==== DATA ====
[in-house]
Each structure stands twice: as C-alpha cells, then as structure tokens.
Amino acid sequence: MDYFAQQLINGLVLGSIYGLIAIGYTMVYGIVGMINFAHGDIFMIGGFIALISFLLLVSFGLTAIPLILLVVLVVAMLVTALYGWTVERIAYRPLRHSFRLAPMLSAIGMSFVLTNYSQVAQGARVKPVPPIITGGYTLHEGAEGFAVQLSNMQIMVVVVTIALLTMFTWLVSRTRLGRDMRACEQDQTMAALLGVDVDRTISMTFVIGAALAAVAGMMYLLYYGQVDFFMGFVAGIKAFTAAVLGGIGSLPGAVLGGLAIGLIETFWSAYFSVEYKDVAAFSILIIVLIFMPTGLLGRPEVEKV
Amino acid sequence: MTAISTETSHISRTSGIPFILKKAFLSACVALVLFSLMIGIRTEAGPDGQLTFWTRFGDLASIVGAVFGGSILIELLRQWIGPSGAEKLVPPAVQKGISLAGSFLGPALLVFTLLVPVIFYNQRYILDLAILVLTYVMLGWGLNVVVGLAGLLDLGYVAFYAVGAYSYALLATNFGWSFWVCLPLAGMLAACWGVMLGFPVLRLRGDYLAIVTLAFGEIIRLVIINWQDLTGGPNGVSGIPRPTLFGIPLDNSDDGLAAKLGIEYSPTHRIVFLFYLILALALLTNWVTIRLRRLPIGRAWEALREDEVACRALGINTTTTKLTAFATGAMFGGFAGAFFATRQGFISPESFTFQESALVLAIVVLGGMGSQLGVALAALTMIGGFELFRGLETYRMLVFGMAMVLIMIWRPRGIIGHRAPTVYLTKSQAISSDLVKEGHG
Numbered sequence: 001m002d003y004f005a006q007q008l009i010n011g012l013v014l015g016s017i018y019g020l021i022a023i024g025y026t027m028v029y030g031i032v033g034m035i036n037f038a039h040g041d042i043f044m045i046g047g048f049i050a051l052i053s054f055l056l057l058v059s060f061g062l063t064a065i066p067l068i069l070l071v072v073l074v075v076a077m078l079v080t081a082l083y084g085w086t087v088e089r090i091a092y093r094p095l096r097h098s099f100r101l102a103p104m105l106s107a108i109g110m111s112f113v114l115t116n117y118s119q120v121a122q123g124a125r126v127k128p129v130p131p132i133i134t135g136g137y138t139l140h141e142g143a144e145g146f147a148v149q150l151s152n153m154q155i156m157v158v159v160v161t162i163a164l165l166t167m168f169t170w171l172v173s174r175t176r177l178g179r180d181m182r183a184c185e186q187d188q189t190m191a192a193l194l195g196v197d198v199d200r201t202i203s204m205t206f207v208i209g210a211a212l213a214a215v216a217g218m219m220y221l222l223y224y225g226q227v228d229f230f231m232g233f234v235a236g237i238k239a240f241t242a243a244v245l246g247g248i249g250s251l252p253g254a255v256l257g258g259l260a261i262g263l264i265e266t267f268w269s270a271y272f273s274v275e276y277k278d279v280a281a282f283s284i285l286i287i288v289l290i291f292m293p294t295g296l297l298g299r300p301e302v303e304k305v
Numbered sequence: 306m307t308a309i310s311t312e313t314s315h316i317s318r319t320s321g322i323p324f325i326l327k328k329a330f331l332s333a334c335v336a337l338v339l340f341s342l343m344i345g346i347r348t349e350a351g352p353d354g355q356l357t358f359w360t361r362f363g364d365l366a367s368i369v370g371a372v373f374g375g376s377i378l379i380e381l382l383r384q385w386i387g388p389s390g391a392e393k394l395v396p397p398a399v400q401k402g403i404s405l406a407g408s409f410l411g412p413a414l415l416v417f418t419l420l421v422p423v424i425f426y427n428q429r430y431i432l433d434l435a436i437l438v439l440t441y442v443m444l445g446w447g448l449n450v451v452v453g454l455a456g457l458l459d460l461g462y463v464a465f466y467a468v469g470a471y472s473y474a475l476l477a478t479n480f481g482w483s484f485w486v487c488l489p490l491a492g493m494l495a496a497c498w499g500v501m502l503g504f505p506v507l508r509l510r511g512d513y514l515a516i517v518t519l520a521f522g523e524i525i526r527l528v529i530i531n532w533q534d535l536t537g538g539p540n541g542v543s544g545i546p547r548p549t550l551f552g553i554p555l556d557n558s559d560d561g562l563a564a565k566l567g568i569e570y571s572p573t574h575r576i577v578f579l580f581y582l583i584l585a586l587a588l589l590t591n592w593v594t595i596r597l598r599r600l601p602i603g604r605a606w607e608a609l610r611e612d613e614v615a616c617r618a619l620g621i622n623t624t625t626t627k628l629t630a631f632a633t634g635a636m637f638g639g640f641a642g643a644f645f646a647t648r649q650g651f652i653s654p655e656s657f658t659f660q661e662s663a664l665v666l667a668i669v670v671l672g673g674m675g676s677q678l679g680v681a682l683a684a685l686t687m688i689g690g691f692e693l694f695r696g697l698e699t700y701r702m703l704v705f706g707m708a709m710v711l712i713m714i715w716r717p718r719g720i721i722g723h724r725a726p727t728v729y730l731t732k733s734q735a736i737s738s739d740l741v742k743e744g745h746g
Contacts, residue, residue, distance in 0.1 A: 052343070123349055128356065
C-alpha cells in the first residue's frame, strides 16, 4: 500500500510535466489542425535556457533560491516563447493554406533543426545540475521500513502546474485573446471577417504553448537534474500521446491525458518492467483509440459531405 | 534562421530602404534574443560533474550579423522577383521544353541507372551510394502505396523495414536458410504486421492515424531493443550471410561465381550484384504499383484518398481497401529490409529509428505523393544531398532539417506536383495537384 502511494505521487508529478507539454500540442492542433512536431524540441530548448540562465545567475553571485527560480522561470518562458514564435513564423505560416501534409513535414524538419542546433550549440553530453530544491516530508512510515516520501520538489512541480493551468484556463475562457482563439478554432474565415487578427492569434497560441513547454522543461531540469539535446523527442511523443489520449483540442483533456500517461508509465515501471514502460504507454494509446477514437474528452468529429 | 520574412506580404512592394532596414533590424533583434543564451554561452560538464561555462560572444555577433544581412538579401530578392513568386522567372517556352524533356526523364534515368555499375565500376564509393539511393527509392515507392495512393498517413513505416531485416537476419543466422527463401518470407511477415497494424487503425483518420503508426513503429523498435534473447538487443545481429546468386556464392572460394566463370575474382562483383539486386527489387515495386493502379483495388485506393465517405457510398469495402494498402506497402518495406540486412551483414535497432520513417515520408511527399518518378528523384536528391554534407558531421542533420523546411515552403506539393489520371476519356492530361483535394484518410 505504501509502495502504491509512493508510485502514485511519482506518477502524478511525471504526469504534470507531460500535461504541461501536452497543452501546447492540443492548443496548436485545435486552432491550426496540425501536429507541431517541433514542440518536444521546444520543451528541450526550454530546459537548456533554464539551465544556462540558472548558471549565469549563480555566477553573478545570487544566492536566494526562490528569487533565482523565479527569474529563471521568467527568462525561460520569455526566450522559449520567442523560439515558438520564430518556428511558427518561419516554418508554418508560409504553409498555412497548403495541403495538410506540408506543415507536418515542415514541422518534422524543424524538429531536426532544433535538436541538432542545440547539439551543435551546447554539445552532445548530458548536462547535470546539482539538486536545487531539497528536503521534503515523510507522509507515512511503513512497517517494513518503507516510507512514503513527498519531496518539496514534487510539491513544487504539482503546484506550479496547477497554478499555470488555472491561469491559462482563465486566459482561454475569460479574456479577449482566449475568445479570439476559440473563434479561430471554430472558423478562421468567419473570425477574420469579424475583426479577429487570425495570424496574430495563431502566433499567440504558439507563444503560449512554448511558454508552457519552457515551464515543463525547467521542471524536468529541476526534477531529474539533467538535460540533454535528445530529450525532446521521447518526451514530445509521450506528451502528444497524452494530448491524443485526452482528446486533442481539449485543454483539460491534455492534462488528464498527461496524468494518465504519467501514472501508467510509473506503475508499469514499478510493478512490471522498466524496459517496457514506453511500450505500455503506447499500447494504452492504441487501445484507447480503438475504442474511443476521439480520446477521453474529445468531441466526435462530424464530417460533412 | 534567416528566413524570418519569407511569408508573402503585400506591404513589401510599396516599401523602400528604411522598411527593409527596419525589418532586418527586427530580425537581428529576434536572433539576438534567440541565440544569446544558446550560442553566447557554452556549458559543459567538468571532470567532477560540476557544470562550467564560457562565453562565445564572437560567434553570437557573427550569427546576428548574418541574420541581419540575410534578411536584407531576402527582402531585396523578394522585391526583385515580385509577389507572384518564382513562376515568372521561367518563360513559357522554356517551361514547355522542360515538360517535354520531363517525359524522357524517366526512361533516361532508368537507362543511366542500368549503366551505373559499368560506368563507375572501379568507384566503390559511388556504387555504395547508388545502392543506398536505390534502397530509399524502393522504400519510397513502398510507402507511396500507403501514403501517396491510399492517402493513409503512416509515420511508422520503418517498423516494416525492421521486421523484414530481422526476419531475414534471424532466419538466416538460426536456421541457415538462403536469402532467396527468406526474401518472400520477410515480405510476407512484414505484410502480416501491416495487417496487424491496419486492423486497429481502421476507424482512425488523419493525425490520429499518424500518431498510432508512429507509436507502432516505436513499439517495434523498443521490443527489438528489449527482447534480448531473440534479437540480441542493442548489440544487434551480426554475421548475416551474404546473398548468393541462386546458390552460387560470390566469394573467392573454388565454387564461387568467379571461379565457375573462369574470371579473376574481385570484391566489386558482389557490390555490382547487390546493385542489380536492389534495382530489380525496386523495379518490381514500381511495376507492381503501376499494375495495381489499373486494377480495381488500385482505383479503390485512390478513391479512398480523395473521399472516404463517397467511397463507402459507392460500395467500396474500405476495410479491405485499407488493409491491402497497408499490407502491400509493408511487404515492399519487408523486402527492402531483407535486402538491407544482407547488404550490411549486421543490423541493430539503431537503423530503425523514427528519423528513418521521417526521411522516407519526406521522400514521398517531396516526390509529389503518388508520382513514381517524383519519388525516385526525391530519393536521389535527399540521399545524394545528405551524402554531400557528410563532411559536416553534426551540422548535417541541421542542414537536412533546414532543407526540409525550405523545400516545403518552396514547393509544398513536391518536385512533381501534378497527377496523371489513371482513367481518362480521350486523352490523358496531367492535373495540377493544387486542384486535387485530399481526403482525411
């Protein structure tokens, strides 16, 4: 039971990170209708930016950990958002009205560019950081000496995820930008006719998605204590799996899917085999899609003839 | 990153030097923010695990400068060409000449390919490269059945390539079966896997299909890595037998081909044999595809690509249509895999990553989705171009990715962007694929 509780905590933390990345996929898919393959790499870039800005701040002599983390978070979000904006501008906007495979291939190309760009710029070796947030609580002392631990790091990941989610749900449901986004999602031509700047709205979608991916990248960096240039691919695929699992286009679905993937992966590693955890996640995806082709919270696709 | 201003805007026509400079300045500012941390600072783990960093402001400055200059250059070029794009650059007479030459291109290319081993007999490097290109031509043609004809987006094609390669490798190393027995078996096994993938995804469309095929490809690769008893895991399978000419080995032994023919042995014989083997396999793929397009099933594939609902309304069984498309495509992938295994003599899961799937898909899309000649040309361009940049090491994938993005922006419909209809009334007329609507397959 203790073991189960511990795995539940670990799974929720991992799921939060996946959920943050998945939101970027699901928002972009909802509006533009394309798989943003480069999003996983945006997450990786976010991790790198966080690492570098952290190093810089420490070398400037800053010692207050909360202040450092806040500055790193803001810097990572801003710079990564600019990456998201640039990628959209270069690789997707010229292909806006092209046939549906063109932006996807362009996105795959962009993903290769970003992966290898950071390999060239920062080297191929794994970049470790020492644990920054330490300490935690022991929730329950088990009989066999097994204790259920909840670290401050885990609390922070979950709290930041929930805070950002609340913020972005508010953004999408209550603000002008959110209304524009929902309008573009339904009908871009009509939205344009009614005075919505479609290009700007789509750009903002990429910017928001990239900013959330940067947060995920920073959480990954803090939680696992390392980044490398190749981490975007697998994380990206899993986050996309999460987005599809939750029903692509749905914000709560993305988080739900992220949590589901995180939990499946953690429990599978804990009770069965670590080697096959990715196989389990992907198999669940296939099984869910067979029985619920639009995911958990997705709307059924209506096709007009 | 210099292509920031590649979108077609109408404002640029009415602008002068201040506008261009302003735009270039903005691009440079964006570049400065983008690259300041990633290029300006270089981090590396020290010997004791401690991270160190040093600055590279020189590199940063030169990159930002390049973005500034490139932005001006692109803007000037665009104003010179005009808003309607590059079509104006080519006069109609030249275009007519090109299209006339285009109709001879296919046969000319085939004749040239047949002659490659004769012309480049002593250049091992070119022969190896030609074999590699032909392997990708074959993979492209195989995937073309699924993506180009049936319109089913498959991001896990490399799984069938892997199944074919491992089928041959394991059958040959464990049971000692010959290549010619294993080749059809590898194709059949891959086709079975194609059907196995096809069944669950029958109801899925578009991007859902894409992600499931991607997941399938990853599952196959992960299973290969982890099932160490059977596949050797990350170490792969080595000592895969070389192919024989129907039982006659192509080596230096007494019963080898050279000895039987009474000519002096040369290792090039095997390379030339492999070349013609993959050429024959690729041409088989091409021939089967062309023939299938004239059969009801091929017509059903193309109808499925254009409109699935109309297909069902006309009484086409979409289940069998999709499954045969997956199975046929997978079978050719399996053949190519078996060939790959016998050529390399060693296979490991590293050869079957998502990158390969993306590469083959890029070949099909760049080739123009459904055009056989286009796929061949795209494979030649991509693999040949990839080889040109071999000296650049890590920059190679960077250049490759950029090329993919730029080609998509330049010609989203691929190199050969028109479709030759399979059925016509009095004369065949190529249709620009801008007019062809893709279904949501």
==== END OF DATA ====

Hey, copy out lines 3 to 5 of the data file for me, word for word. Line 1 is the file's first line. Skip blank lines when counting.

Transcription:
Amino acid sequence: MDYFAQQLINGLVLGSIYGLIAIGYTMVYGIVGMINFAHGDIFMIGGFIALISFLLLVSFGLTAIPLILLVVLVVAMLVTALYGWTVERIAYRPLRHSFRLAPMLSAIGMSFVLTNYSQVAQGARVKPVPPIITGGYTLHEGAEGFAVQLSNMQIMVVVVTIALLTMFTWLVSRTRLGRDMRACEQDQTMAALLGVDVDRTISMTFVIGAALAAVAGMMYLLYYGQVDFFMGFVAGIKAFTAAVLGGIGSLPGAVLGGLAIGLIETFWSAYFSVEYKDVAAFSILIIVLIFMPTGLLGRPEVEKV
Amino acid sequence: MTAISTETSHISRTSGIPFILKKAFLSACVALVLFSLMIGIRTEAGPDGQLTFWTRFGDLASIVGAVFGGSILIELLRQWIGPSGAEKLVPPAVQKGISLAGSFLGPALLVFTLLVPVIFYNQRYILDLAILVLTYVMLGWGLNVVVGLAGLLDLGYVAFYAVGAYSYALLATNFGWSFWVCLPLAGMLAACWGVMLGFPVLRLRGDYLAIVTLAFGEIIRLVIINWQDLTGGPNGVSGIPRPTLFGIPLDNSDDGLAAKLGIEYSPTHRIVFLFYLILALALLTNWVTIRLRRLPIGRAWEALREDEVACRALGINTTTTKLTAFATGAMFGGFAGAFFATRQGFISPESFTFQESALVLAIVVLGGMGSQLGVALAALTMIGGFELFRGLETYRMLVFGMAMVLIMIWRPRGIIGHRAPTVYLTKSQAISSDLVKEGHG
Numbered sequence: 001m002d003y004f005a006q007q008l009i010n011g012l013v014l015g016s017i018y019g020l021i022a023i024g025y026t027m028v029y030g031i032v033g034m035i036n037f038a039h040g041d042i043f044m045i046g047g048f049i050a051l052i053s054f055l056l057l058v059s060f061g062l063t064a065i066p067l068i069l070l071v072v073l074v075v076a077m078l079v080t081a082l083y084g085w086t087v088e089r090i091a092y093r094p095l096r097h098s099f100r101l102a103p104m105l106s107a108i109g110m111s112f113v114l115t116n117y118s119q120v121a122q123g124a125r126v127k128p129v130p131p132i133i134t135g136g137y138t139l140h141e142g143a144e145g146f147a148v149q150l151s152n153m154q155i156m157v158v159v160v161t162i163a164l165l166t167m168f169t170w171l172v173s174r175t176r177l178g179r180d181m182r183a184c185e186q187d188q189t190m191a192a193l194l195g196v197d198v199d200r201t202i203s204m205t206f207v208i209g210a211a212l213a214a215v216a217g218m219m220y221l222l223y224y225g226q227v228d229f230f231m232g233f234v235a236g237i238k239a240f241t242a243a244v245l246g247g248i249g250s251l252p253g254a255v256l257g258g259l260a261i262g263l264i265e266t267f268w269s270a271y272f273s274v275e276y277k278d279v280a281a282f283s284i285l286i287i288v289l290i291f292m293p294t295g296l297l298g299r300p301e302v303e304k305v